For a classification of “in remission,” the patient has had two or more depressive episodes in the past, but has been free from depressive symptoms for several months. This category can still be used if the patient is receiving treatment to reduce the risk of further episodes.
F33.0 Major depressive disorder, recurrent, mild
F33.41 Major depressive disorder, recurrent, in partial remission
Bipolar disorder is a serious mental illness. People who have it experience dramatic mood swings. They may go from overly energetic, “high” and/or irritable, to sad and hopeless, and then back again. They often have normal moods in between. The up feeling is called mania. The down feeling is depression.
Bipolar disorder can run in families. It usually starts in late adolescence or early adulthood. A medical checkup can rule out other illnesses that might cause the mood changes. Repeated episodes of hypomania or mania only are classified as bipolar. It includes manic-depressive illness, psychosis, or reaction.
In ICD-10-CM, bipolar I is classified as to whether the patient’s current episode is hypomanic, manic, and with or without psychotic symptoms.
A hypomanic episode is characterized by a persistent mild elevation of mood, increased energy and activity, and is usually marked by feelings of well being and both physical and mental efficiency. Increased sociability, talkativeness, over-familiarity and increased sexual energy, and a decreased need for sleep are often present.
A manic episode is characterized by mood elevated out of keeping with the patient’s circumstances, and may vary from carefree joviality to almost uncontrollable excitement. Elation is accompanied by increased energy, resulting in over-activity, pressure of speech, and a decreased need for sleep. Attention cannot be sustained and there is often distractibility. Loss of social inhibitions may result in behavior that is reckless, foolhardy, or inappropriate for the circumstances, and out of character for the patient. In some manic episodes, the mood is one of irritability or suspiciousness rather than elation.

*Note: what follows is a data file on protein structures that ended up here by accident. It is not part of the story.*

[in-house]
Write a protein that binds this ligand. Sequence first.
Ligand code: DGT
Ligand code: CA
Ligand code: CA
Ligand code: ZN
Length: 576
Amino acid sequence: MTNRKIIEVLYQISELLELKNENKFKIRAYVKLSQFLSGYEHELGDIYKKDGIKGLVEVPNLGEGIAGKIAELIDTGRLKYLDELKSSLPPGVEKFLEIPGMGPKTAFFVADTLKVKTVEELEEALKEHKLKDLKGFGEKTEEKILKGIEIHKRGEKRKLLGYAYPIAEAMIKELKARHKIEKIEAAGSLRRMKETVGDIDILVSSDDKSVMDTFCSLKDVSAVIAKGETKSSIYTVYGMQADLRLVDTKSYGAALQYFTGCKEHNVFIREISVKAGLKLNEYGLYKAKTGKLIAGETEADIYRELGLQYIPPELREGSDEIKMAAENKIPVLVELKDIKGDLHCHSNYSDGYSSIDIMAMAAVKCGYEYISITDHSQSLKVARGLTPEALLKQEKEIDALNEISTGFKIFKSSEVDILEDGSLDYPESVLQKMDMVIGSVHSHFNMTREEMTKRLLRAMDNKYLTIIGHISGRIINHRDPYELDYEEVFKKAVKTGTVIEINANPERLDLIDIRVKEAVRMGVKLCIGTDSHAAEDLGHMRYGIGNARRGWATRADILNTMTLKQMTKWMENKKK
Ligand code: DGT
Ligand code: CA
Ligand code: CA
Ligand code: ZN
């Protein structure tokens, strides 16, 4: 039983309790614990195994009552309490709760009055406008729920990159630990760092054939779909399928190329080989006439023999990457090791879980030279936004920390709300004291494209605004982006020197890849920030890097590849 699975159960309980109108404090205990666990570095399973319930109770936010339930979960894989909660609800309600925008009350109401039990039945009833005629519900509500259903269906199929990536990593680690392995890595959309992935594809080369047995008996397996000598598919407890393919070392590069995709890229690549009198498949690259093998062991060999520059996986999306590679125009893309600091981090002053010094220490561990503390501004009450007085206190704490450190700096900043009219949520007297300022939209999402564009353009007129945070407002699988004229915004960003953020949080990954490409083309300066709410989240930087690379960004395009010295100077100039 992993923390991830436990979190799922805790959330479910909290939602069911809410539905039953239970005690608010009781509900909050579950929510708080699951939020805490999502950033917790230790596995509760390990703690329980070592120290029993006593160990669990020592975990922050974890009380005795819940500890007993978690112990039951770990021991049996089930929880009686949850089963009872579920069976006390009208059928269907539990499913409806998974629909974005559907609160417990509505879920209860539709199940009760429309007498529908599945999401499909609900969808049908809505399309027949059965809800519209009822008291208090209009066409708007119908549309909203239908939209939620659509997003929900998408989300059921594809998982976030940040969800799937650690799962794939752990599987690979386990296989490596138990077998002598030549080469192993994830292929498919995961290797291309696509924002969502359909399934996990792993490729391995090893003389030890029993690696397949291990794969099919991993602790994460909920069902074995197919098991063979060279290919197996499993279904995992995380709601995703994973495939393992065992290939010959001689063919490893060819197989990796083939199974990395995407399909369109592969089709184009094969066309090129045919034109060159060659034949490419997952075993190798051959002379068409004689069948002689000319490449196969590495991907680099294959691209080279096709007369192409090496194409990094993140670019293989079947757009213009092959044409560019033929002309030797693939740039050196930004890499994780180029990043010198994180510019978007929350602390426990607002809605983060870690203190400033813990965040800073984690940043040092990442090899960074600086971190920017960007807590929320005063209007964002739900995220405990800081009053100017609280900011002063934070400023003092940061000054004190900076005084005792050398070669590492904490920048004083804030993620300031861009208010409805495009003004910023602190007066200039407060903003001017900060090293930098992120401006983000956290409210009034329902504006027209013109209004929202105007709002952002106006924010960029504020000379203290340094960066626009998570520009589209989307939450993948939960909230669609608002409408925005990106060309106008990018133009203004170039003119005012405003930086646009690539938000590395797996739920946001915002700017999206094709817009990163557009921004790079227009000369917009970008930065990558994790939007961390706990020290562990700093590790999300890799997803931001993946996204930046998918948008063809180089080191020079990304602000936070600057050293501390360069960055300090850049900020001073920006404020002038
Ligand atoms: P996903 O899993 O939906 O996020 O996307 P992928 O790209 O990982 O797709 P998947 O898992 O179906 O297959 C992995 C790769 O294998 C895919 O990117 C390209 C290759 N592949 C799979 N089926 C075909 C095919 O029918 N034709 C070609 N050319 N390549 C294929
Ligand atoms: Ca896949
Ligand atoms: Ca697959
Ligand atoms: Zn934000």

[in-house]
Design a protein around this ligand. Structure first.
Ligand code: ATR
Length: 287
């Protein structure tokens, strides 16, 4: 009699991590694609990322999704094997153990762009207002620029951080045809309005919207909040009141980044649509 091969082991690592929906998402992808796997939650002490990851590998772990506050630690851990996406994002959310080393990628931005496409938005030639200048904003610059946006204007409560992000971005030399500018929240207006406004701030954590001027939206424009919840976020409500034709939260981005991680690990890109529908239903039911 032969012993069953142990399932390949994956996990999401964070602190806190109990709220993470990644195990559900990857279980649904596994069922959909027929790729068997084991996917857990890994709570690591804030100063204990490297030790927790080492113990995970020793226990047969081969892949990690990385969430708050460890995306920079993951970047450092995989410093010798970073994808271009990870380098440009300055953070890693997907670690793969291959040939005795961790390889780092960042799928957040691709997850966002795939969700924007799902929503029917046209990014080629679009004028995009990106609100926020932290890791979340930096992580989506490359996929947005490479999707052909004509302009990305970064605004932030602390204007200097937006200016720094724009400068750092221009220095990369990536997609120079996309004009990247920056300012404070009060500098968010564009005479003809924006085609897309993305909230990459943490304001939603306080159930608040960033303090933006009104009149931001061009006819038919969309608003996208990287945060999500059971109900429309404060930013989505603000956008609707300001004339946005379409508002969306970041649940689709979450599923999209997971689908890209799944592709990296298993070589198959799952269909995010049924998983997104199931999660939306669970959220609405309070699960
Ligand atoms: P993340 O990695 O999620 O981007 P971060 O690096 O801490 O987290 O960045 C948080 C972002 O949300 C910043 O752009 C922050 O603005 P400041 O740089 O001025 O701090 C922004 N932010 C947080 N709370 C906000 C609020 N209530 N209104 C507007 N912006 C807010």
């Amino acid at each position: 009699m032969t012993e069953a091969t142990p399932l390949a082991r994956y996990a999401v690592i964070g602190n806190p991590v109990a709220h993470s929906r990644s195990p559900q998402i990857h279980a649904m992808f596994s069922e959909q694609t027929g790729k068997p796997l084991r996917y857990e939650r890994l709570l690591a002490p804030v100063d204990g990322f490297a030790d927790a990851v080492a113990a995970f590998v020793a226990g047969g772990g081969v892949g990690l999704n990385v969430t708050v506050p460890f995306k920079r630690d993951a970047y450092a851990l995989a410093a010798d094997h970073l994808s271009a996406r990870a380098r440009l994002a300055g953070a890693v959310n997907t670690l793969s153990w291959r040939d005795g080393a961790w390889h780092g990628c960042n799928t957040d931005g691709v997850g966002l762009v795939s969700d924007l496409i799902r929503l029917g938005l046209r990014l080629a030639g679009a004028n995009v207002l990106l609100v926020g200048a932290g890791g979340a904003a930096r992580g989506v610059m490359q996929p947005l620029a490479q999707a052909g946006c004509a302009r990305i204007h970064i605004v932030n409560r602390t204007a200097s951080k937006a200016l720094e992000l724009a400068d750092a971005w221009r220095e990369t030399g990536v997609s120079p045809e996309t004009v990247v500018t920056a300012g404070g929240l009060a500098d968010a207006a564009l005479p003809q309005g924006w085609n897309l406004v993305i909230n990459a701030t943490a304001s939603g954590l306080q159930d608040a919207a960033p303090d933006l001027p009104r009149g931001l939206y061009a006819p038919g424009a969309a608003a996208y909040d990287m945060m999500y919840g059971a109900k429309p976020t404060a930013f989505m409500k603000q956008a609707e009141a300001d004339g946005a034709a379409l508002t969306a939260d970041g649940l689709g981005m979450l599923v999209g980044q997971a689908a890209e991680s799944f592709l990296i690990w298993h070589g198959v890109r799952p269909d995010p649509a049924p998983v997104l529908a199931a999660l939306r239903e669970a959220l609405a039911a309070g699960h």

Bipolar II is similar to bipolar I disorder, with moods cycling between high and low over time; however, with bipolar II disorder, the “up” moods never reach full-on mania. The less-intense elevated moods in bipolar II disorder are called hypomanic episodes, or hypomania. A person affected by bipolar II disorder has had at least one hypomanic episode in life. Most people with bipolar II disorder also suffer from episodes of depression. This is where the term “manic depression” comes from.
In between episodes of hypomania and depression, many people with bipolar II disorder live normal lives.
F31.11 Bipolar disorder, current episode manic without psychotic features, mild
F31.64 Bipolar disorder, current episode mixed, severe, with psychotic features
F31.8 Bipolar II disorder
Cyclothymia and Dysthymia
Cyclothymia is a persistent instability of mood involving numerous periods of depression and mild elation, none of which is sufficiently severe or prolonged to justify a diagnosis of a bipolar or recurrent depressive disorder. This disorder is often found in the relatives of bipolar patients, some of whom eventually develop bipolar disorder.
Dysthymia is a chronic depression of mood, lasting at least several years. It is not severe, and episodes are not prolonged enough to justify a diagnosis of severe, moderate, or mild recurrent depressive disorders.
F34.0 Cyclothymic disorder
F34.1 Dysthymic disorder
Mental and behavioral disorders can be grave in their consequences, and affect hundreds of millions of people worldwide. Coders will require a comprehensive understanding of these disorders to extract the appropriate information from medical record documentation for ICD-10 code treatment and diagnostic assignment.
Rhonda Buckholtz, CPC, CPMA, CPC-I, CENTC, CGSC, COBGC, CPEDC, is vice president of ICD-10 Training and Education at AAPC.